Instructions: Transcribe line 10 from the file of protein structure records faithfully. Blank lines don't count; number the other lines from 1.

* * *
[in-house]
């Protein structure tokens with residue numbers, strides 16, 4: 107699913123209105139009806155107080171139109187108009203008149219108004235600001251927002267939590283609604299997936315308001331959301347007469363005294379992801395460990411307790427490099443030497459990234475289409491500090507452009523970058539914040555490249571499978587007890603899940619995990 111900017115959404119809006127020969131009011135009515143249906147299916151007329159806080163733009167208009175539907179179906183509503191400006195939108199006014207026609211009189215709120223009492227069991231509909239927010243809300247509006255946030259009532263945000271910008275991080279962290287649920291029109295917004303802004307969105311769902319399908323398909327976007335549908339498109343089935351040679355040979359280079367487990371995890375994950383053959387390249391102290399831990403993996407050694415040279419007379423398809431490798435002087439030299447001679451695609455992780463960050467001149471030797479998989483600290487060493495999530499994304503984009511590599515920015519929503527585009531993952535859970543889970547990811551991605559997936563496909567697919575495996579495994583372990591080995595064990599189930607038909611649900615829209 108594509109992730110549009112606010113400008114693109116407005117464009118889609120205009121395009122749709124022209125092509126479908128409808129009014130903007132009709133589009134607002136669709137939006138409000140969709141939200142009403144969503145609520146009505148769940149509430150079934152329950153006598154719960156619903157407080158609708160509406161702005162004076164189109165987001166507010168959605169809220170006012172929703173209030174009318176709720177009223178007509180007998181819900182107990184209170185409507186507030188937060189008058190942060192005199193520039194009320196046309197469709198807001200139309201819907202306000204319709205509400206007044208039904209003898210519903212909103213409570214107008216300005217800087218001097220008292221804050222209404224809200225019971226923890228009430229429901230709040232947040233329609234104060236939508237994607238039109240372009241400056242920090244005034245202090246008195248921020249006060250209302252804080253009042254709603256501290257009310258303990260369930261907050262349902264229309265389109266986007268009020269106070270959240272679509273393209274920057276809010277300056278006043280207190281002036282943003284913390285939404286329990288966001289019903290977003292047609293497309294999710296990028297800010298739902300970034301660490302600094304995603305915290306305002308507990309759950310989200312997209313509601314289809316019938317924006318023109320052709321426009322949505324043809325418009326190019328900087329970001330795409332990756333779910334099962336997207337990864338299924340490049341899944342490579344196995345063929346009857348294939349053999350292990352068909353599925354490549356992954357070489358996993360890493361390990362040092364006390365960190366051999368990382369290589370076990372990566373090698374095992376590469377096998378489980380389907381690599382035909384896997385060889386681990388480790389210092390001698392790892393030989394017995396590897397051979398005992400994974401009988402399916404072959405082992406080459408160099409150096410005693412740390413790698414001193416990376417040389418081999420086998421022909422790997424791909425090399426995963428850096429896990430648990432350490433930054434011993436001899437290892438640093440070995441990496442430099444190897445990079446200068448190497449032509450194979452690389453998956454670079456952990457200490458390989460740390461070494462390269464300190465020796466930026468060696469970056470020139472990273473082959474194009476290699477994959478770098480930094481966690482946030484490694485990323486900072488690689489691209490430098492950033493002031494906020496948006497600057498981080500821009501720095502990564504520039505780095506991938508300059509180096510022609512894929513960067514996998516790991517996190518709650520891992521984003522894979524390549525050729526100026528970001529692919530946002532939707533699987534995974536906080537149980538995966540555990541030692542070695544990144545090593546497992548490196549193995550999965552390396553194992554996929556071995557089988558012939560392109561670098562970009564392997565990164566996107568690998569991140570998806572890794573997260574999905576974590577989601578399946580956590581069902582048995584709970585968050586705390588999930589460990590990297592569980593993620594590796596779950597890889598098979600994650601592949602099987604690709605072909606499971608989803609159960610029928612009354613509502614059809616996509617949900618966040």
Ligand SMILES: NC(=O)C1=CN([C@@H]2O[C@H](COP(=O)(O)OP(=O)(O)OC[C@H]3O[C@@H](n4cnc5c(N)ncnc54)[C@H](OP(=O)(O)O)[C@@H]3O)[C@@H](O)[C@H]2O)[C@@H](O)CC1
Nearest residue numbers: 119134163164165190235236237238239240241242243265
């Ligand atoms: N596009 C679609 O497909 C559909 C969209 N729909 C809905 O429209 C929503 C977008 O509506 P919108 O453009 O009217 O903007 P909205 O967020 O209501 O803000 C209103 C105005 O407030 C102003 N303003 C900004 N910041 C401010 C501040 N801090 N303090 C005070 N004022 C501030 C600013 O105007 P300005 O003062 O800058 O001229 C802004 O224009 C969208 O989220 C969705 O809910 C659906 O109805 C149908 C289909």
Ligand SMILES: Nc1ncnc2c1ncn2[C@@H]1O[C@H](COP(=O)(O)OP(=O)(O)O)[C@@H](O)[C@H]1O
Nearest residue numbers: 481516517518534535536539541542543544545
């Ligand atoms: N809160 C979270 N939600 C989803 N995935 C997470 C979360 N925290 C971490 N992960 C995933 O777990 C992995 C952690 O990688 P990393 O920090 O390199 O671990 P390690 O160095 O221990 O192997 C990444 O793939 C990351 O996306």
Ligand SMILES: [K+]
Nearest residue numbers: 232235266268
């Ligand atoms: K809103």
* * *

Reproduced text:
Nearest residue numbers: 232235266268